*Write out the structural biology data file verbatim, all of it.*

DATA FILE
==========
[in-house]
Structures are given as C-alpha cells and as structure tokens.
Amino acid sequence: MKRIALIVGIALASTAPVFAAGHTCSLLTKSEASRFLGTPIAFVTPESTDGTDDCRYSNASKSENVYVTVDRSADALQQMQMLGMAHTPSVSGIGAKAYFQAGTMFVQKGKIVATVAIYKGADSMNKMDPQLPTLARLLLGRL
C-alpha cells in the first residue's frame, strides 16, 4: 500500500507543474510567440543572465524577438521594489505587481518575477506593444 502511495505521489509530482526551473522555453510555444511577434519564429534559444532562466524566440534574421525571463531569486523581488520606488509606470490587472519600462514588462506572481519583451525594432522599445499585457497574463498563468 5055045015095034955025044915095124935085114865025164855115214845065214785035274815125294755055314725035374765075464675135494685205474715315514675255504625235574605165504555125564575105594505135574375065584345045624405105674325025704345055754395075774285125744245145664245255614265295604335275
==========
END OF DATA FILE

[in-house]
Structures are given as C-alpha cells and as structure tokens.
Amino acid sequence: MKRIALIVGIALASTAPVFAAGHTCSLLTKSEASRFLGTPIAFVTPESTDGTDDCRYSNASKSENVYVTVDRSADALQQMQMLGMAHTPSVSGIGAKAYFQAGTMFVQKGKIVATVAIYKGADSMNKMDPQLPTLARLLLGRL
C-alpha cells in the first residue's frame, strides 16, 4: 500500500507543474510567440543572465524577438521594489505587481518575477506593444 502511495505521489509530482526551473522555453510555444511577434519564429534559444532562466524566440534574421525571463531569486523581488520606488509606470490587472519600462514588462506572481519583451525594432522599445499585457497574463498563468 5055045015095034955025044915095124935085114865025164855115214845065214785035274815125294755055314725035374765075464675135494685205474715315514675255504625235574605165504555125564575105594505135574375065584345045624405105674325025704345055754395075774285125744245145664245255614265295604335275